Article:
Mr David Anderson (Blaydon) (Lab): I welcome the suggestion by the hon. Member for Enfield, Southgate (Mr Burrowes) for a debate about saying sorry, so that those of us on the Labour Benches can say that we are not sorry that we prevented the global recession from turning into a global depression; we are not sorry that we kept half a million people in work who otherwise would not be in work; we are not sorry that we kept businesses going that would have closed; and we are not sorry that we will never ever say that unemployment is a price worth paying.
Sir George Young: Again, there was absolutely no recognition at all from the hon. Gentleman of the problems that this country now faces because of the irresponsible way in which the outgoing Government borrowed £3 billion a week, with no plans for rebalancing the country's books.
Kevin Brennan (Cardiff West) (Lab): Can we have a debate about the poor quality of the teaching of history in our so-called great public schools? What else could explain the Deputy Prime Minister's comment that his reforms represent the most important reforms since the Great Reform Act of 1832, including universal suffrage, apart perhaps from his innate tendency towards sanctimonious hyperbole?
Sir George Young: I am not sure that that directly related to the future business of the House, but the Deputy Prime Minister will be replying to one of the days of debate on the Queen's Speech. I will make a point of drawing his attention to the comments that the hon. Gentleman has just made and ensuring that he gets a robust reply.
Mr Adrian Bailey (West Bromwich West) (Lab/Co-op): Could we have a debate on the role, responsibility and competence of the Electoral Commission, following not only the well publicised problems during the general election but the less publicised problem that arose for Members such as myself who are historically described as Labour and Co-operative party candidates? We were told by the Electoral Commission that that description was no longer valid, which caused enormous confusion at a very sensitive time during the election campaign and could have disqualified us from standing.
Sir George Young: I am sorry to hear that, and I wonder why that name had not already been registered with the Electoral Commission so that that problem need not have arisen. A large number of people were turned away from the polling stations at or around 10 o'clock, and that must never happen again. We must ensure that those who want to vote are entitled to vote. I take on board the hon. Gentleman's request for a debate, before our memories of the recent election fade, to determine in what ways the quality of the election and the way in which it was delivered might be improved.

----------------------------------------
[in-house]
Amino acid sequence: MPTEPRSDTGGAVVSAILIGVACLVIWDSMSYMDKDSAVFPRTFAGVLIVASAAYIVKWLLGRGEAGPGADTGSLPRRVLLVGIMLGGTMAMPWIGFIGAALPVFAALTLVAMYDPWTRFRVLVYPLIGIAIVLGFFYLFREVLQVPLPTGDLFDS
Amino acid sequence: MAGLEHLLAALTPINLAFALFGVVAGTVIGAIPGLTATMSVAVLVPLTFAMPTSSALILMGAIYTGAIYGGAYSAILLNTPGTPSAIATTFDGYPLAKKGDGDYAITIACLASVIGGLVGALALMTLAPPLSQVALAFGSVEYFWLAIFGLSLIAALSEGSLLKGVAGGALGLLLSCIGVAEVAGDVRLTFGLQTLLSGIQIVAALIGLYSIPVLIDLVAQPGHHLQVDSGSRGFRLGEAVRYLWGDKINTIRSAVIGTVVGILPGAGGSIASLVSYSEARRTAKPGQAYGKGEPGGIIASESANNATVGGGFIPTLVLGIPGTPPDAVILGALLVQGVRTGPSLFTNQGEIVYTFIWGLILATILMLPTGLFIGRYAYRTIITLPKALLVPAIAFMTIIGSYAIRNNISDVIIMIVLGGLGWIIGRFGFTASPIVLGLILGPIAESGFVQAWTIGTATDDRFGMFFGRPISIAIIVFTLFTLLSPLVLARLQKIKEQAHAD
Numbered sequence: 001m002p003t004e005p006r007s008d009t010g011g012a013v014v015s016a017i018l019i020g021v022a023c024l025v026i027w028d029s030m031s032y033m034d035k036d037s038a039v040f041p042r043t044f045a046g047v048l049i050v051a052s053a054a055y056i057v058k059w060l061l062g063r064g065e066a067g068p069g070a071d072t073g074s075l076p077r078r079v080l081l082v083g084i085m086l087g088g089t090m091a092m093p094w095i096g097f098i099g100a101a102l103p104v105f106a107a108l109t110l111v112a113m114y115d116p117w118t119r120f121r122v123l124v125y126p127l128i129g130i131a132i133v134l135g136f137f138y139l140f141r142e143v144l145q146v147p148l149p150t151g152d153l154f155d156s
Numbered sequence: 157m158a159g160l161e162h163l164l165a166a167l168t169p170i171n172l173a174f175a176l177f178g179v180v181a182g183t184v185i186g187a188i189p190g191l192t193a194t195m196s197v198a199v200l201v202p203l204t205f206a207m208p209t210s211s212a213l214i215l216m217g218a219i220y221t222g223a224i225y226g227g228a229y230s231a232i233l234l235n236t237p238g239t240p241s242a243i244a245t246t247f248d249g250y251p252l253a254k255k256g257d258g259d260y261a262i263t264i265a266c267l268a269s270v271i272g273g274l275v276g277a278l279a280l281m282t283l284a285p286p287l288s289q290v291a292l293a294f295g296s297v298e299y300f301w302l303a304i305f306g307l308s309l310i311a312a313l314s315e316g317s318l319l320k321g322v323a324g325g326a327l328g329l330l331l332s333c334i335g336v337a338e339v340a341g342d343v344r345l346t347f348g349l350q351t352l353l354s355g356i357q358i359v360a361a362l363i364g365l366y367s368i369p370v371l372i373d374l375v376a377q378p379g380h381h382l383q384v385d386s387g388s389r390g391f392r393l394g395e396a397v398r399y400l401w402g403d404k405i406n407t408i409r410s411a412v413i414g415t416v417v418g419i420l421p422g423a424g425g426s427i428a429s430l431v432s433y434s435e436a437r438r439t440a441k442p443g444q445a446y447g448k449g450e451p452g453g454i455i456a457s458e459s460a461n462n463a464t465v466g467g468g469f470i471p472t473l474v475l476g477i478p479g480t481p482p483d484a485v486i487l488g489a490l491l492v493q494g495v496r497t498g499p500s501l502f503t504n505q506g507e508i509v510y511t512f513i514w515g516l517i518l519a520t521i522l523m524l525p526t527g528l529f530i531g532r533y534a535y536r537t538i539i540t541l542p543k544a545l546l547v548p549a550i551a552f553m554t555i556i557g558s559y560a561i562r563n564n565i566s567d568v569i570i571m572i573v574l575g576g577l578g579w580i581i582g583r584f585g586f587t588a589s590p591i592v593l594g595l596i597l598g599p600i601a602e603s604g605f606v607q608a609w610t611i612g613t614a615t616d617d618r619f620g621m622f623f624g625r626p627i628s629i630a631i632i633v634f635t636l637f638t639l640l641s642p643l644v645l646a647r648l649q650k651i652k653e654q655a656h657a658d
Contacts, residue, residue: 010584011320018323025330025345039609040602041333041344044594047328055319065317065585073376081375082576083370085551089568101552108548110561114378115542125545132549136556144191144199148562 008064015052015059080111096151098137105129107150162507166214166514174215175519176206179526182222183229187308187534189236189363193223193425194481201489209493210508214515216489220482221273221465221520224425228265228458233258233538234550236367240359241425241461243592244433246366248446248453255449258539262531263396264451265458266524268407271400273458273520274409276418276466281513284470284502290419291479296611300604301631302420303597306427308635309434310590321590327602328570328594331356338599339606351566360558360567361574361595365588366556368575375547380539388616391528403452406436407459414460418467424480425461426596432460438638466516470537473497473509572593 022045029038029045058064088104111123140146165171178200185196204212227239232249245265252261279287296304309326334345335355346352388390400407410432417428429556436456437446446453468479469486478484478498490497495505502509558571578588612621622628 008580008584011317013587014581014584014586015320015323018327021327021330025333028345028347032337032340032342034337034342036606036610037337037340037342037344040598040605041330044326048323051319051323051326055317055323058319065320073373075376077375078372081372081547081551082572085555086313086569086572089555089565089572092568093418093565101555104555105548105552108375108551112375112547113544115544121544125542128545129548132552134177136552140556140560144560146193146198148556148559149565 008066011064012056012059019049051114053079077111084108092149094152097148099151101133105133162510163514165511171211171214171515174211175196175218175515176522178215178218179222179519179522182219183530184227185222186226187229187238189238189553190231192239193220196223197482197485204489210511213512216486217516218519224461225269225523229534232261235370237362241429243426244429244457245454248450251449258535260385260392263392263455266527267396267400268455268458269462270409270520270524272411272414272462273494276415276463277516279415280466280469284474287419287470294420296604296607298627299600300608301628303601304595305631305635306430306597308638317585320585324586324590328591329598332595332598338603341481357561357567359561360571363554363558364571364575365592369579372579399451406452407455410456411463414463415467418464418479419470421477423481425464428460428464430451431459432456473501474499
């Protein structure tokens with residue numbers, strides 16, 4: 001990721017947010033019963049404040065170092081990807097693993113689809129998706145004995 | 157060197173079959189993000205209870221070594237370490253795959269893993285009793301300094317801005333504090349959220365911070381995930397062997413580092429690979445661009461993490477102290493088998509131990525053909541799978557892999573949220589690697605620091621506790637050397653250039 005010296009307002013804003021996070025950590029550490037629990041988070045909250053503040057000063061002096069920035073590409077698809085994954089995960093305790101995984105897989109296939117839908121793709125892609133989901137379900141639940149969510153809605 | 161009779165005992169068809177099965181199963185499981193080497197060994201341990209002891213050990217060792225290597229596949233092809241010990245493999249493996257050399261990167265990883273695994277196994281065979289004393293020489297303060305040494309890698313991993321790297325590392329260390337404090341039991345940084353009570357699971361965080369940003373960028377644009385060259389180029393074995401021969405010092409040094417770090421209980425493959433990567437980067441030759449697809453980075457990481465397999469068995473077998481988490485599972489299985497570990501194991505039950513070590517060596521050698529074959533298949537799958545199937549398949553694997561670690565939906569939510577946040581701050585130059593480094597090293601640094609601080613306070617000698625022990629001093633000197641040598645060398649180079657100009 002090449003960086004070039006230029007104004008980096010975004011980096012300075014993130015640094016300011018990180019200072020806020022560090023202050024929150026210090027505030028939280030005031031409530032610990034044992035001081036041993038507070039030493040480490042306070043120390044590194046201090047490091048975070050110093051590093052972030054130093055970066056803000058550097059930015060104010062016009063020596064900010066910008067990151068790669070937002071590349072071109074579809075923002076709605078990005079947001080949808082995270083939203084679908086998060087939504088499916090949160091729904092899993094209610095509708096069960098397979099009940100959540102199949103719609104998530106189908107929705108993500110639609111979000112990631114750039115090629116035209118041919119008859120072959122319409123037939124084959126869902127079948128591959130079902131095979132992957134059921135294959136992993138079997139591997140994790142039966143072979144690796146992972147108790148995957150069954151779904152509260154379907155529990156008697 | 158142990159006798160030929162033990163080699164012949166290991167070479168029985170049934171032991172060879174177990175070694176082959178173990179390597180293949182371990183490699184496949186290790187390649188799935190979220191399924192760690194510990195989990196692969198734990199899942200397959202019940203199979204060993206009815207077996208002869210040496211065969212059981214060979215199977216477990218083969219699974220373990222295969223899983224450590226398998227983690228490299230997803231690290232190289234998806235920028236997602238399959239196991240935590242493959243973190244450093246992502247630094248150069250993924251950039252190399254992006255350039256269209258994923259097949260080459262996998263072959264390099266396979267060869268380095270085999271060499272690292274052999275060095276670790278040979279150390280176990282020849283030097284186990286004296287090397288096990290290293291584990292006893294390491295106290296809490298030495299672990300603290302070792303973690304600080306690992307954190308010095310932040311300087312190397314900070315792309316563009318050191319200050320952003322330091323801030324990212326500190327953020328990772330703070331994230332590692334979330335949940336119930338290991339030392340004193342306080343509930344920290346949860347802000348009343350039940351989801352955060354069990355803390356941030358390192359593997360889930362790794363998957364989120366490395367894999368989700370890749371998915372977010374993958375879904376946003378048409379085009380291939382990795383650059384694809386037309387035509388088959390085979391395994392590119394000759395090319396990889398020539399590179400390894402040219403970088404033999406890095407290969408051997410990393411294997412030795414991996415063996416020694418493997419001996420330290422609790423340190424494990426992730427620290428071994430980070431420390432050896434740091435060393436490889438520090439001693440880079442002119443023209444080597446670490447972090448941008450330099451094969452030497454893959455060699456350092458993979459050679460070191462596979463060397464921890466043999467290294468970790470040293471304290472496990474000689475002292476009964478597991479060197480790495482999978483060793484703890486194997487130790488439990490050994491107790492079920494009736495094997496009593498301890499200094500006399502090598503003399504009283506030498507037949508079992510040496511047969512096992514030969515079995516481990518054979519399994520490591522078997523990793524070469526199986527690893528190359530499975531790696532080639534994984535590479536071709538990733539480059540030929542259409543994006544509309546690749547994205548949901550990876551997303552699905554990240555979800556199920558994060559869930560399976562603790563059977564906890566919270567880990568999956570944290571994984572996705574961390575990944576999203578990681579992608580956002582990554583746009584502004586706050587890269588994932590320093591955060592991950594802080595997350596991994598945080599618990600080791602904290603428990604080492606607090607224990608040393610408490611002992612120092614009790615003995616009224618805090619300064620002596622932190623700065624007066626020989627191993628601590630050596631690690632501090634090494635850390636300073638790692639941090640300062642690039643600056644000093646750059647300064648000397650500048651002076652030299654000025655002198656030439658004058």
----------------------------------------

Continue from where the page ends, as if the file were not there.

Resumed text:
Mr Speaker: I am grateful to right hon. and hon. Members for their co-operation, which has enabled 42 Members to question the Leader of the House in 41 minutes. That is a very good start indeed, and I hope that that will continue.
Mr Speaker: I should like to make a relatively brief statement. May I congratulate all Members on their success in being elected to this, the 55th Parliament of the United Kingdom of Great Britain and Northern Ireland? In particular, I should like to congratulate those who have been elected to the House for the first time-the largest number of new Members since 1997. The House always has sympathy with former Members who have lost out in the electoral contest, but there is no doubt that it also benefits from the regular infusion of fresh blood. I am sure that that will be true on this occasion.
I draw Members' attention in particular to the House's code of conduct, which we should all observe in letter and in spirit. Members are answerable for their conduct in this place not just to the House but to the public. While the new Parliament gives the House the opportunity to put behind us the events of the last few years, we cannot expect to be under any less scrutiny than our predecessors. At the same time, we should explain to the public how we work on behalf of our constituents.
On receiving royal approbation for my re-election as Speaker, I made the traditional claim to Her Majesty for all the House's ancient and undoubted rights and privileges, particularly to freedom of speech in debate. That is at the very heart of what we do here for our constituents, and it allows us to conduct our debates without fear of outside interference, but it is a freedom that we need to exercise responsibly in the public interest, and taking into account the interests of others outside this House. I would encourage any Member to research carefully and to take advice before exercising this freedom in sensitive or individual cases.
I should like also to reiterate three key points about security. First: wear your photo-identity pass while you are on the parliamentary estate and take it off when you leave. The pass is particularly helpful for enabling our security and police officers to get to know who Members are, and with large numbers of people working here and visiting, it must be immediately apparent that people are in the right place and helped when they are not. Secondly, you are responsible for the behaviour of your visitors and for ensuring they are escorted in non-public areas of the estate. Thirdly, security is everyone's responsibility. Please be vigilant and tell the Serjeant at Arms about any concerns you have on the subject. I will write to all Members soon with my updated guidance on conventions and courtesies of the House. Most of these will already be familiar from the "New Members' guidebook".
I have one last request to make of Members: brevity. If I am to fulfil my promise to champion the rights of Back Benchers, I want to be able to call as many as possible to ask questions and speak in debate. It is a simple equation: the shorter each question, the more Members may ask one. I will inevitably show my impatience when questions-and answers-are too long, and the more concise you are in debates, the more likely it is that others can speak and that you can do so next time.
Yesterday, I announced the timing of the ballot for the election of Deputy Speakers on Tuesday 8 June. I am now announcing an extension to the time, in order to allow Members to take part in the ballot and to attend the service for the new Parliament in St Margaret's, which is being held that morning. The ballot for the election of Deputy Speakers will therefore be open from 10 am to 12 noon on Tuesday 8 June.